Orsted sale scrapped amidst political opposition

14 January 2019 - 12:00 am UTC

Danish energy group Orsted has scrapped its planned sale of assets including an electricity grid network around Copenhagen after the government said the sale can no longer proceed due to political opposition.

Orsted said in a stock exchange announcement on Monday (14 January) that it has decided to discontinue the sales process it announced last summer, though it will still examine options for exiting the businesses.

The announcement comes after finance minister Kristian Jensen told Danish media that the sale cannot now proceed after the opposition Social Democratic Party withdrew its support for the process. Its leader, Mette Frederiksen, wrote to Jensen saying that the party would no longer support the sale process proceeding on the premises outlined by the government.

She said that the Social Democrats were opposed to the sale proceeding along the lines of the current process because critical infrastructure should be owned by consumers or be at least 50% publicly owned. She added that the sale of the assets is “legitimate” and that the sales process could be continued if these criteria are met.

The Danish government owns 50.01% of Orsted, giving it a decisive say in the sales process. Although the Social Democratic Party is in opposition, its support is necessary for the sale to proceed.

Political opposition to the current sale process comes after it emerged that foreign pension funds and utilities are among the groups which have been shortlisted to buy the assets, comprising Orsted’s power distribution business Radius and its much smaller residential customer and street lighting businesses. Analysts previously said they expect Radius to sell for around DKK 14bn (EUR 1.9bn), based on a premium to its regulatory asset base of DKK 10.6bn.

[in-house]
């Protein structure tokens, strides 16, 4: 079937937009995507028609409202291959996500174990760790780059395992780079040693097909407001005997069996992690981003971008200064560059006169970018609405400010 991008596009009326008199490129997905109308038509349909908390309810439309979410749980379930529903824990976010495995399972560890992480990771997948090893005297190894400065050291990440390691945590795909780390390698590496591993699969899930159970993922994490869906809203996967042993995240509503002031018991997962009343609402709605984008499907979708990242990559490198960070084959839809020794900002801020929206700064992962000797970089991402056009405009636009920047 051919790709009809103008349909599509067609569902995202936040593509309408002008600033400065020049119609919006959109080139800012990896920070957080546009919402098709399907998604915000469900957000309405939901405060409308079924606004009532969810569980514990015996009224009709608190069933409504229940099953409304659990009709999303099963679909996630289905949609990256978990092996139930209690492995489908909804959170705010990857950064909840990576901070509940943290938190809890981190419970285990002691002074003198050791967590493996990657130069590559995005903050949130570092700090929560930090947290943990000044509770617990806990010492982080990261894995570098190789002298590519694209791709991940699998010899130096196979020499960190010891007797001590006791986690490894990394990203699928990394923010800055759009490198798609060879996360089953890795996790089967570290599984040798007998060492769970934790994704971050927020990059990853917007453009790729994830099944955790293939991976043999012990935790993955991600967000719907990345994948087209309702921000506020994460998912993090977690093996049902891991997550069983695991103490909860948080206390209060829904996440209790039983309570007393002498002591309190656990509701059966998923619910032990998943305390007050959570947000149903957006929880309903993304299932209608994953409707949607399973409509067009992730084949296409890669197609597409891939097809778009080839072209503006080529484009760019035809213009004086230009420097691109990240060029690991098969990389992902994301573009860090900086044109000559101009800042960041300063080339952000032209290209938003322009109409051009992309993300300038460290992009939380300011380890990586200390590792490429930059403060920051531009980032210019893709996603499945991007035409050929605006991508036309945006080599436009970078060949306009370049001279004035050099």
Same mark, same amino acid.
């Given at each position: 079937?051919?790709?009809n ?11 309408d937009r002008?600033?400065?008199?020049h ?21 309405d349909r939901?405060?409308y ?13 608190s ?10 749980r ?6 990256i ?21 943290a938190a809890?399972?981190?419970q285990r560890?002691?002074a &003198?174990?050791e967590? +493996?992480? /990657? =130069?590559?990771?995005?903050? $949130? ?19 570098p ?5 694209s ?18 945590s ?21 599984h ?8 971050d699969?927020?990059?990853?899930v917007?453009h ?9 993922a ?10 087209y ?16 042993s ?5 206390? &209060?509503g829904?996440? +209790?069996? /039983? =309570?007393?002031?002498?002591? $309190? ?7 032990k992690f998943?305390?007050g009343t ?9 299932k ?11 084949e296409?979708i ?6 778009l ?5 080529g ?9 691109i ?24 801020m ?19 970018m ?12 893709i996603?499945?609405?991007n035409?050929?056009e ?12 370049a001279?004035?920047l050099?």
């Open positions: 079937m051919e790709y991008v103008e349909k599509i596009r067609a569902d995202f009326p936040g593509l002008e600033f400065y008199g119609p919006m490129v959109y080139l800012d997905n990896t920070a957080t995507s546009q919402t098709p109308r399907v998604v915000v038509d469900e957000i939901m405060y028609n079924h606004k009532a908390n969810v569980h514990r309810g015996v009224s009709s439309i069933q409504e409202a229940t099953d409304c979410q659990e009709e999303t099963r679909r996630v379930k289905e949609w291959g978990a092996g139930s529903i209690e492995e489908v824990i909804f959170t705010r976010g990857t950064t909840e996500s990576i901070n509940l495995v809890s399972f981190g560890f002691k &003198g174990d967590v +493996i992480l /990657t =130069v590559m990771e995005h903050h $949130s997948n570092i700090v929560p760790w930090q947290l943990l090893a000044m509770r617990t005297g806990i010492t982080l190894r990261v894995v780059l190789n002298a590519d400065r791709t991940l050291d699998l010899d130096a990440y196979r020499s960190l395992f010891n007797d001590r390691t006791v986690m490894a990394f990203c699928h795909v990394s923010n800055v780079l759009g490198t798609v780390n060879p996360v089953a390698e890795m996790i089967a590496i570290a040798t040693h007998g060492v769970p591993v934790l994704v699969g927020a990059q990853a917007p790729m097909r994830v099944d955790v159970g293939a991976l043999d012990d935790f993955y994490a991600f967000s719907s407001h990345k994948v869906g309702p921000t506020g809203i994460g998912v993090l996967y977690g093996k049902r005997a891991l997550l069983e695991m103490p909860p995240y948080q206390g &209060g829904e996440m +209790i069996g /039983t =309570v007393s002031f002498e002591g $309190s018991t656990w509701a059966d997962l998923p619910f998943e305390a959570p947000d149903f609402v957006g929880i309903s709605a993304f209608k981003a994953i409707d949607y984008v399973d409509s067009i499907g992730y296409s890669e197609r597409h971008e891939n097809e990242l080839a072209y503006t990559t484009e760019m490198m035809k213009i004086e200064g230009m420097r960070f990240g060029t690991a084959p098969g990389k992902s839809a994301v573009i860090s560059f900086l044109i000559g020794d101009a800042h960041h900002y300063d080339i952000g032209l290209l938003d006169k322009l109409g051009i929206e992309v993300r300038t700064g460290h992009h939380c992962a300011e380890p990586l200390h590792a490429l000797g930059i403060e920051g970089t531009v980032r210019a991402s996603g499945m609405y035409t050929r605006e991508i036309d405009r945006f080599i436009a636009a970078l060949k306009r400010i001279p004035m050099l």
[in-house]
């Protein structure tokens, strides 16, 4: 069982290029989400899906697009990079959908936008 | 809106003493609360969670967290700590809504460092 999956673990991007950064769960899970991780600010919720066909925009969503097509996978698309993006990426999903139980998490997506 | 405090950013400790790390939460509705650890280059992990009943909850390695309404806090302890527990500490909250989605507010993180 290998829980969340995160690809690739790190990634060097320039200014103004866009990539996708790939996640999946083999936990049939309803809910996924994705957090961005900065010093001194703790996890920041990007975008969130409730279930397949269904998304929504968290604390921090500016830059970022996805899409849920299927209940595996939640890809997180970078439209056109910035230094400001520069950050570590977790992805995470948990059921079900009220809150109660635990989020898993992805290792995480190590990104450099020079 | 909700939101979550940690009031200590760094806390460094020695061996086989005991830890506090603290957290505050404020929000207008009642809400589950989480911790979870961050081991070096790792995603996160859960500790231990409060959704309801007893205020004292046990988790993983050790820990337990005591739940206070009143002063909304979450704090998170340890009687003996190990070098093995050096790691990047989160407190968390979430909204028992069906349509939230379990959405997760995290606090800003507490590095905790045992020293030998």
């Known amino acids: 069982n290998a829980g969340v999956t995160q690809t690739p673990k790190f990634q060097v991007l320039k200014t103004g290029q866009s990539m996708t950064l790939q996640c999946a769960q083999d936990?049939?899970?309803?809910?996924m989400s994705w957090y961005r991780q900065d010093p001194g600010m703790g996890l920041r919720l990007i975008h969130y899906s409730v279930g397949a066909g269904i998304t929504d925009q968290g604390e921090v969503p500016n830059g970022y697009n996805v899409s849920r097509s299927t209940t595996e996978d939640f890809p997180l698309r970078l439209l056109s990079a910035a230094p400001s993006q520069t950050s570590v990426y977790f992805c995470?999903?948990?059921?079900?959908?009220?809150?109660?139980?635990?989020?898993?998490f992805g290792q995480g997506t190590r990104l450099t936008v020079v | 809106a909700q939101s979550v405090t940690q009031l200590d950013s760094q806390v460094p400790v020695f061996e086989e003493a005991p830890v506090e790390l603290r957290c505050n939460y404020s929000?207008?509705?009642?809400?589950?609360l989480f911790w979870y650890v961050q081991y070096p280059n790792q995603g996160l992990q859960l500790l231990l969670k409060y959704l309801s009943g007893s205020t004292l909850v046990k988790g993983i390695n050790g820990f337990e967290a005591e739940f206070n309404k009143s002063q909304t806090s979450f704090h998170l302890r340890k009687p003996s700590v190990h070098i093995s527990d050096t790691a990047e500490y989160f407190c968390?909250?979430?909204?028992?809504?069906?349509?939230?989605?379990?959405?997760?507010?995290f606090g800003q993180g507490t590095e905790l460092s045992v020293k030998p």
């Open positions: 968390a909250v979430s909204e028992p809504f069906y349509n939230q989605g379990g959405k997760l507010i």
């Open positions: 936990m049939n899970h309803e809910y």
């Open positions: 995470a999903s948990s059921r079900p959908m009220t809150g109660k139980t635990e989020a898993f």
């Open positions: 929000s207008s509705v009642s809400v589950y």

Bidders that had been shortlisted for the assets include: Canadian pension fund CDPQ; a consortium of OMERS and local pension fund PKA; Italian utility Enel; and a consortium of local utility co-operative SEAS-NVE and Danish pension fund ATP.

Jensen said the “sudden” change of stance by the Social Democrats is “very unfortunate”, adding that the party had known about the terms of the sale for months.  

However, the Social Democrats’ finance spokesman Benny Engelbrecht told Inframation that the party’s stance on critical infrastructure assets having to be co-operatively owned or majority public-owned has existed since 2017.

He said the Ministry of Finance had “given the impression that these principles would be honoured” in the sale of the Orsted assets, adding that the decision to scrap the sale is the government’s. 

The Danish Finance Ministry did not immediately provide a response to Engelbrecht’s comments. 

Industry observers following the process previously said they believed that local investors seeking to bid for the assets Orsted wants to sell would have an advantage over foreign investors due to the government’s likely preference for them to remain in Danish hands.

Engelbrecht said the Social Democratic Party is not opposed to there being foreign ownership of the assets as long as appropriate due diligence is conducted on any buyers.

 

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